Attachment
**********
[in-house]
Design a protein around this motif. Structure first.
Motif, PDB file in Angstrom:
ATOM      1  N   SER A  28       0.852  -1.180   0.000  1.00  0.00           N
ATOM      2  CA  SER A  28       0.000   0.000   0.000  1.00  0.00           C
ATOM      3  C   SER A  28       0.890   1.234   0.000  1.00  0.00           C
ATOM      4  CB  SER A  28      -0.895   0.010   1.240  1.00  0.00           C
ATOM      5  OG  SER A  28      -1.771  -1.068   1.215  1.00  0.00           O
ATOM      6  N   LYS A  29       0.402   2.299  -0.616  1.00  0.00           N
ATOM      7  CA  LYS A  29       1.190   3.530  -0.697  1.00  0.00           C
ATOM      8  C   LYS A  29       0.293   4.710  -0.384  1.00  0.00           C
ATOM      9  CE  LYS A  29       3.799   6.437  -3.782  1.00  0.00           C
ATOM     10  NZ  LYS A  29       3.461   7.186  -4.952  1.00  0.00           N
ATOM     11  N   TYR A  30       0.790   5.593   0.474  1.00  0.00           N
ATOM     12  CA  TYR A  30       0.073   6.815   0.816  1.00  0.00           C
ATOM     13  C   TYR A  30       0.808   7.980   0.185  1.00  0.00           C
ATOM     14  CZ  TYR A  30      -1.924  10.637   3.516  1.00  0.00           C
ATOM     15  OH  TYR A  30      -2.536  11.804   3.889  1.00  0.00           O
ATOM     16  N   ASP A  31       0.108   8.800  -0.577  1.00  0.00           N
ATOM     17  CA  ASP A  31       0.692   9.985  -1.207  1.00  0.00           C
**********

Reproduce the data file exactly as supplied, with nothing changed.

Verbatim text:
[in-house]
Design a protein around this motif. Structure first.
Motif, PDB file in Angstrom:
ATOM      1  N   SER A  28       0.852  -1.180   0.000  1.00  0.00           N
ATOM      2  CA  SER A  28       0.000   0.000   0.000  1.00  0.00           C
ATOM      3  C   SER A  28       0.890   1.234   0.000  1.00  0.00           C
ATOM      4  CB  SER A  28      -0.895   0.010   1.240  1.00  0.00           C
ATOM      5  OG  SER A  28      -1.771  -1.068   1.215  1.00  0.00           O
ATOM      6  N   LYS A  29       0.402   2.299  -0.616  1.00  0.00           N
ATOM      7  CA  LYS A  29       1.190   3.530  -0.697  1.00  0.00           C
ATOM      8  C   LYS A  29       0.293   4.710  -0.384  1.00  0.00           C
ATOM      9  CE  LYS A  29       3.799   6.437  -3.782  1.00  0.00           C
ATOM     10  NZ  LYS A  29       3.461   7.186  -4.952  1.00  0.00           N
ATOM     11  N   TYR A  30       0.790   5.593   0.474  1.00  0.00           N
ATOM     12  CA  TYR A  30       0.073   6.815   0.816  1.00  0.00           C
ATOM     13  C   TYR A  30       0.808   7.980   0.185  1.00  0.00           C
ATOM     14  CZ  TYR A  30      -1.924  10.637   3.516  1.00  0.00           C
ATOM     15  OH  TYR A  30      -2.536  11.804   3.889  1.00  0.00           O
ATOM     16  N   ASP A  31       0.108   8.800  -0.577  1.00  0.00           N
ATOM     17  CA  ASP A  31       0.692   9.985  -1.207  1.00  0.00           C